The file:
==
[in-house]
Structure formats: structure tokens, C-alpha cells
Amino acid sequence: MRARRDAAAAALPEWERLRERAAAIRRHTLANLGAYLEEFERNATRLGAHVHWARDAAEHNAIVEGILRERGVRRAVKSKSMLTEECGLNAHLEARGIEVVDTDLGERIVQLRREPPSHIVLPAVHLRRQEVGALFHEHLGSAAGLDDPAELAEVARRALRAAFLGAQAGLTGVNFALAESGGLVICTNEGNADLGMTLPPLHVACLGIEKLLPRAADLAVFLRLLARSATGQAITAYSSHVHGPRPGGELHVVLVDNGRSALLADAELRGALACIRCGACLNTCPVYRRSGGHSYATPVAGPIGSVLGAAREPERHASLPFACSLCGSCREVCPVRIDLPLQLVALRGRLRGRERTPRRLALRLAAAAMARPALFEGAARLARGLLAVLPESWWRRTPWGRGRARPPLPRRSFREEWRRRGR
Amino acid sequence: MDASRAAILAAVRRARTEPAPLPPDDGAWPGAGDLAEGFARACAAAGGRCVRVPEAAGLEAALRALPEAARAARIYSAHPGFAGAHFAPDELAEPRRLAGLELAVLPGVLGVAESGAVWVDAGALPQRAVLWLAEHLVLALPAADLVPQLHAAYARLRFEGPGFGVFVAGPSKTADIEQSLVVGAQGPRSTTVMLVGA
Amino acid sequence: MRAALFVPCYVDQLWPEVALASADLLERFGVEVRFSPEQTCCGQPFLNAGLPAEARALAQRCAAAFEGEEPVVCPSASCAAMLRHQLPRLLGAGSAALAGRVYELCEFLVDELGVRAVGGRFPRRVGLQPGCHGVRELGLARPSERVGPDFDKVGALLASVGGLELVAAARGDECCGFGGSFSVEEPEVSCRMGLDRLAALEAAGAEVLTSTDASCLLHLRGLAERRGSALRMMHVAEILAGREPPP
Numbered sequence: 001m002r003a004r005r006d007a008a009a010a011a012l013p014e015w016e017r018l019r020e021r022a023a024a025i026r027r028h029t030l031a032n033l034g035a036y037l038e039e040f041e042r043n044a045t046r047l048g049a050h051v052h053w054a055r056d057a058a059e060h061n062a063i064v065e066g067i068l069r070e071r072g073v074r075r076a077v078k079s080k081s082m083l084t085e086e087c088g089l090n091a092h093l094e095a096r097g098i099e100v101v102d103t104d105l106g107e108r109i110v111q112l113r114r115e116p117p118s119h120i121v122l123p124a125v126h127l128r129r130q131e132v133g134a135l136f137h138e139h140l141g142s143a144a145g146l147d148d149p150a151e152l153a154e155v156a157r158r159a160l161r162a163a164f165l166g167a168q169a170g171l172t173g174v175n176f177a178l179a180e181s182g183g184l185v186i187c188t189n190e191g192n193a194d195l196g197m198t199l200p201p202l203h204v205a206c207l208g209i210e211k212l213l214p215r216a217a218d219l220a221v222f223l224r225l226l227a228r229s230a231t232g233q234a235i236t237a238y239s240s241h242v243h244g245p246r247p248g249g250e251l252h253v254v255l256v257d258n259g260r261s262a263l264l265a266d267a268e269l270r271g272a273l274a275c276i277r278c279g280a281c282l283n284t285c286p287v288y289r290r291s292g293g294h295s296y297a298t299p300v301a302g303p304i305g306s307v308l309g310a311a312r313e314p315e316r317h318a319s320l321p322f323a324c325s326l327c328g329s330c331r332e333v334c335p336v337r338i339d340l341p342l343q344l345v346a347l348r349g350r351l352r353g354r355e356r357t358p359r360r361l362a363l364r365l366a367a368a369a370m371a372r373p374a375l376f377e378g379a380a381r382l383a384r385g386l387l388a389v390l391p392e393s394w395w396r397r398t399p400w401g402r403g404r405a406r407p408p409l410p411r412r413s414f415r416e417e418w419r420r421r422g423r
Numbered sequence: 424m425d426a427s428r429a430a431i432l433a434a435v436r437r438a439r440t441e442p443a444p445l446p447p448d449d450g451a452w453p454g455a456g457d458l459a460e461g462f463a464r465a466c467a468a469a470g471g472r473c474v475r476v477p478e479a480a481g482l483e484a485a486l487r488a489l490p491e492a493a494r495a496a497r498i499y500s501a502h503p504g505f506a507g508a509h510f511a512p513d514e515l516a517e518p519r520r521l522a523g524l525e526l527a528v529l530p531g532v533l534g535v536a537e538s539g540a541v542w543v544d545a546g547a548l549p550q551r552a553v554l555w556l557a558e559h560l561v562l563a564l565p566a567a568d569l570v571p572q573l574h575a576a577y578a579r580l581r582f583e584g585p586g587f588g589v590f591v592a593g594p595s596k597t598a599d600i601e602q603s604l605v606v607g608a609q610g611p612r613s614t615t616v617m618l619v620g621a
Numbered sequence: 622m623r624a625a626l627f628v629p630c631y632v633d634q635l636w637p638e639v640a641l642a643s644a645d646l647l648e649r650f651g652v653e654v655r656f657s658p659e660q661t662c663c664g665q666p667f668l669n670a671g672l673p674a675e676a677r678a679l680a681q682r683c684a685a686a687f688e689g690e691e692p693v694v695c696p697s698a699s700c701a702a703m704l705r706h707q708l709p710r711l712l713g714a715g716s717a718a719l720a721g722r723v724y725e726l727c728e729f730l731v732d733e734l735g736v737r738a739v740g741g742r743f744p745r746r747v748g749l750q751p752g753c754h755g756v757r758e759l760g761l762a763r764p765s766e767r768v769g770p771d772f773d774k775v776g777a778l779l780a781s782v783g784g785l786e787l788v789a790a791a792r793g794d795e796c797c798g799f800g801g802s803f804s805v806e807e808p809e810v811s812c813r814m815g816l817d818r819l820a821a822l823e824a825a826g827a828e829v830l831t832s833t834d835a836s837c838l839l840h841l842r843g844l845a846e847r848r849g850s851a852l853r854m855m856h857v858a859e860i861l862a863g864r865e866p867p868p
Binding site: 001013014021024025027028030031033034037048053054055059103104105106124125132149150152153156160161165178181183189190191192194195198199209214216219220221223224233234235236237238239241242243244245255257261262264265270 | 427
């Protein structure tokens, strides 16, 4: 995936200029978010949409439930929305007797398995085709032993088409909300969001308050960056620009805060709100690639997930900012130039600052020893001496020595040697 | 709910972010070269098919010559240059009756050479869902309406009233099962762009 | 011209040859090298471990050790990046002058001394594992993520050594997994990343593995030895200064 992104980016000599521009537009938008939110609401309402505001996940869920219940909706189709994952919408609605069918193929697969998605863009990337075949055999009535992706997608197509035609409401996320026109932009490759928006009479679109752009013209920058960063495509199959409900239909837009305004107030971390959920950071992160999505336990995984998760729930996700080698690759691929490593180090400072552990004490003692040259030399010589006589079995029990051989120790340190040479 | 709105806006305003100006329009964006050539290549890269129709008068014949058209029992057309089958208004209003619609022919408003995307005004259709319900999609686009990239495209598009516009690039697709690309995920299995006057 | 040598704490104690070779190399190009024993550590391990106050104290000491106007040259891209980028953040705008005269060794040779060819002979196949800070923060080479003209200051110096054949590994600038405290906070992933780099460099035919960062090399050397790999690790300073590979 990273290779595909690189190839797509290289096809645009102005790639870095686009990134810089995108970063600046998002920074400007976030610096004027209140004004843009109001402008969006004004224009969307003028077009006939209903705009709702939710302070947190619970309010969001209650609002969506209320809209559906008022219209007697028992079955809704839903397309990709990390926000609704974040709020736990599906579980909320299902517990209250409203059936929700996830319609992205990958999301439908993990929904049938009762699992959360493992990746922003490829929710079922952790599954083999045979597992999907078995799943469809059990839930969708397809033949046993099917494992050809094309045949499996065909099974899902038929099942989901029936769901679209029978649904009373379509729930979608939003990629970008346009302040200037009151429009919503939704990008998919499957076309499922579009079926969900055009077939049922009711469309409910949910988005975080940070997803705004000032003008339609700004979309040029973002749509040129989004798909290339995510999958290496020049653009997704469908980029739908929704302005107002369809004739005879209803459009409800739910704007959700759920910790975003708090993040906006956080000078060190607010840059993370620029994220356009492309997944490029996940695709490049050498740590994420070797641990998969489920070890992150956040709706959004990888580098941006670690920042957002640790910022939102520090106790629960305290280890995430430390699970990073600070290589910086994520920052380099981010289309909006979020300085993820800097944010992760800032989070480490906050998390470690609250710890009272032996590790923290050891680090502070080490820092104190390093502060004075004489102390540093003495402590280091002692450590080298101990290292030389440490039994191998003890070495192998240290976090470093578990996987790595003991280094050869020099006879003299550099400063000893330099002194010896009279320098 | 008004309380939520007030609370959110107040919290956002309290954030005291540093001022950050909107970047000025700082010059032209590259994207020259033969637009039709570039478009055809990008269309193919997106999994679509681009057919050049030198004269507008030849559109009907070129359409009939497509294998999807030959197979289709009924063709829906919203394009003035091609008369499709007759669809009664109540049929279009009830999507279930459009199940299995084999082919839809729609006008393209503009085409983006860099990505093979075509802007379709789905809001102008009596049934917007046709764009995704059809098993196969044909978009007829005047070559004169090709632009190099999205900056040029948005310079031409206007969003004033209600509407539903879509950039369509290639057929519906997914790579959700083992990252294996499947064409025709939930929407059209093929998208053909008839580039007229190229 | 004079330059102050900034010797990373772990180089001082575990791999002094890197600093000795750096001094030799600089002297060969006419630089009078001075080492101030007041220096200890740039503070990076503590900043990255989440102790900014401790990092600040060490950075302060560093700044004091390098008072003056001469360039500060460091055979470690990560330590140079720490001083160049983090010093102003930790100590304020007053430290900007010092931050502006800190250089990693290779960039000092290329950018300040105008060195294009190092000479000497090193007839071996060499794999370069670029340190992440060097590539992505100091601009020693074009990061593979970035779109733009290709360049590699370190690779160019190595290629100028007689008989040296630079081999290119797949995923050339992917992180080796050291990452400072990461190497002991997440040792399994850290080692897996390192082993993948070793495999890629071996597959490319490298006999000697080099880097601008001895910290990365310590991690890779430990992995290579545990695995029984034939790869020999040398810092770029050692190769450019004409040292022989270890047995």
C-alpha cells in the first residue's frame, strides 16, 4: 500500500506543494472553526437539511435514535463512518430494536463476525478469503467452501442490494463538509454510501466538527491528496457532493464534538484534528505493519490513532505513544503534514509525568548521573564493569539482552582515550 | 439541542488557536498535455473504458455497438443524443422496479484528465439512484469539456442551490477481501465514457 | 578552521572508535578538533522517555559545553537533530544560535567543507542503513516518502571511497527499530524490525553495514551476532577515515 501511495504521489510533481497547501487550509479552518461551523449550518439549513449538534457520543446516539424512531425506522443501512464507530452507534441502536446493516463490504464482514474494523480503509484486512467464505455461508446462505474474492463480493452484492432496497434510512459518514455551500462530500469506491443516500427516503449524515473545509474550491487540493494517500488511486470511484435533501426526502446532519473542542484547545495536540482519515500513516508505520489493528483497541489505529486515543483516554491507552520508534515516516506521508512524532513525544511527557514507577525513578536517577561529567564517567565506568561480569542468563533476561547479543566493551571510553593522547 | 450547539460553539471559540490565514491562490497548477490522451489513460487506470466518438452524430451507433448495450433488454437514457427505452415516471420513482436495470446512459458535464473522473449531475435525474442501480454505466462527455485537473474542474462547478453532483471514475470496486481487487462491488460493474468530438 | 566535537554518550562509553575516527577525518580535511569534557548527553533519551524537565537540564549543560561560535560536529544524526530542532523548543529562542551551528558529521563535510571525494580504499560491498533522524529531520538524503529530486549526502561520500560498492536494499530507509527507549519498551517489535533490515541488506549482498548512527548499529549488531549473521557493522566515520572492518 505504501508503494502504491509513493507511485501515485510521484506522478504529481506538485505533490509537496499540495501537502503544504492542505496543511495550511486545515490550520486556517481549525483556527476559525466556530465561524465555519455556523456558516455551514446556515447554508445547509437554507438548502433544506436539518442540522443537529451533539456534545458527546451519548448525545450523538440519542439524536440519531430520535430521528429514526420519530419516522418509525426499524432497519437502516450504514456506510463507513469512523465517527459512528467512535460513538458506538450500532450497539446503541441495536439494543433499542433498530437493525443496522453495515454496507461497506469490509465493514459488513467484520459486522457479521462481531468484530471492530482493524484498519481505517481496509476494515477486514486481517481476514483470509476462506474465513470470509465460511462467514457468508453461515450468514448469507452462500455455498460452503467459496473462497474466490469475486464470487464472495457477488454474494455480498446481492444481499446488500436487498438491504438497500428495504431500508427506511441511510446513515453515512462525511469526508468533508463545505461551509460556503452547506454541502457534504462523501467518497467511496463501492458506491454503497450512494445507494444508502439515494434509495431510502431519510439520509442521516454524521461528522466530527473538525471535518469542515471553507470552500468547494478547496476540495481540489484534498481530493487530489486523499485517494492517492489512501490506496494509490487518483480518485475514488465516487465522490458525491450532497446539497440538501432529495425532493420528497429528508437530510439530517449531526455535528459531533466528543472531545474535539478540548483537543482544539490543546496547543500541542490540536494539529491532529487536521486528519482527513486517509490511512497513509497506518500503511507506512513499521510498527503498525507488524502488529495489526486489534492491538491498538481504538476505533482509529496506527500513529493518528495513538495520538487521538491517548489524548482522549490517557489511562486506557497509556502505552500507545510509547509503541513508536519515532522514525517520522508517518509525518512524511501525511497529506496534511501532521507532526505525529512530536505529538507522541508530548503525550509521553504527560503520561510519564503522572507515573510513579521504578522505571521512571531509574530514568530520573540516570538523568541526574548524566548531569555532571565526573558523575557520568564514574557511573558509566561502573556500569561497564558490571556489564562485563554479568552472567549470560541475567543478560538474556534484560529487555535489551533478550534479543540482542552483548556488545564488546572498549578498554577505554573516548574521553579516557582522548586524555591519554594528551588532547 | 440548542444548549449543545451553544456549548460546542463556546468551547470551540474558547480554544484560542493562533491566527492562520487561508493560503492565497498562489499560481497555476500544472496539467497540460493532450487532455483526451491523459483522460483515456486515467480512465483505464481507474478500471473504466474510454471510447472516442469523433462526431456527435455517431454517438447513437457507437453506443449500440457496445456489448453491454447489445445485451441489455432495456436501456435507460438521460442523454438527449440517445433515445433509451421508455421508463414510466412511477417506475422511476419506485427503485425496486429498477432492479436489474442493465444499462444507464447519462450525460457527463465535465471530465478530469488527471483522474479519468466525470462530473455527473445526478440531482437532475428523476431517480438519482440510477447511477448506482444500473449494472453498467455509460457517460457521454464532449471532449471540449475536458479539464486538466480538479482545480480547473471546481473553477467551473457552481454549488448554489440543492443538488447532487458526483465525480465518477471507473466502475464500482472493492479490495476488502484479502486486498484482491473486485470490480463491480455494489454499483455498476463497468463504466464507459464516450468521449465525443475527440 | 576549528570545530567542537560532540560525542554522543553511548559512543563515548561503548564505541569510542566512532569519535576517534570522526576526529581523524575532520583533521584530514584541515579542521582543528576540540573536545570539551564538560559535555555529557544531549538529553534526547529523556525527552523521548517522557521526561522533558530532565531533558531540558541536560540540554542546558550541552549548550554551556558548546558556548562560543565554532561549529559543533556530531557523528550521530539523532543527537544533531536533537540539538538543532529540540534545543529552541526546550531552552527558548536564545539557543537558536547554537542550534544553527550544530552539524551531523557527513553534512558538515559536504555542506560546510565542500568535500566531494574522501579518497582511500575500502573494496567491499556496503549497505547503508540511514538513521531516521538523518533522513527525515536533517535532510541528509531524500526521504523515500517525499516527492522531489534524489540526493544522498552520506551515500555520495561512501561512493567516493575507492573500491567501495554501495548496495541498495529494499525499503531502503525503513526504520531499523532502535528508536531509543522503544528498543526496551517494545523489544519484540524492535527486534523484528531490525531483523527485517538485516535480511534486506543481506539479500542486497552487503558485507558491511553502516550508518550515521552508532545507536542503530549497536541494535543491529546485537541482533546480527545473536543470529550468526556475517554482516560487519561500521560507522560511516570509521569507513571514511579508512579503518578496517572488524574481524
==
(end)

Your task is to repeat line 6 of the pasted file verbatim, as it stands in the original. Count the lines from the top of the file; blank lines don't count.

Numbered sequence: 001m002r003a004r005r006d007a008a009a010a011a012l013p014e015w016e017r018l019r020e021r022a023a024a025i026r027r028h029t030l031a032n033l034g035a036y037l038e039e040f041e042r043n044a045t046r047l048g049a050h051v052h053w054a055r056d057a058a059e060h061n062a063i064v065e066g067i068l069r070e071r072g073v074r075r076a077v078k079s080k081s082m083l084t085e086e087c088g089l090n091a092h093l094e095a096r097g098i099e100v101v102d103t104d105l106g107e108r109i110v111q112l113r114r115e116p117p118s119h120i121v122l123p124a125v126h127l128r129r130q131e132v133g134a135l136f137h138e139h140l141g142s143a144a145g146l147d148d149p150a151e152l153a154e155v156a157r158r159a160l161r162a163a164f165l166g167a168q169a170g171l172t173g174v175n176f177a178l179a180e181s182g183g184l185v186i187c188t189n190e191g192n193a194d195l196g197m198t199l200p201p202l203h204v205a206c207l208g209i210e211k212l213l214p215r216a217a218d219l220a221v222f223l224r225l226l227a228r229s230a231t232g233q234a235i236t237a238y239s240s241h242v243h244g245p246r247p248g249g250e251l252h253v254v255l256v257d258n259g260r261s262a263l264l265a266d267a268e269l270r271g272a273l274a275c276i277r278c279g280a281c282l283n284t285c286p287v288y289r290r291s292g293g294h295s296y297a298t299p300v301a302g303p304i305g306s307v308l309g310a311a312r313e314p315e316r317h318a319s320l321p322f323a324c325s326l327c328g329s330c331r332e333v334c335p336v337r338i339d340l341p342l343q344l345v346a347l348r349g350r351l352r353g354r355e356r357t358p359r360r361l362a363l364r365l366a367a368a369a370m371a372r373p374a375l376f377e378g379a380a381r382l383a384r385g386l387l388a389v390l391p392e393s394w395w396r397r398t399p400w401g402r403g404r405a406r407p408p409l410p411r412r413s414f415r416e417e418w419r420r421r422g423r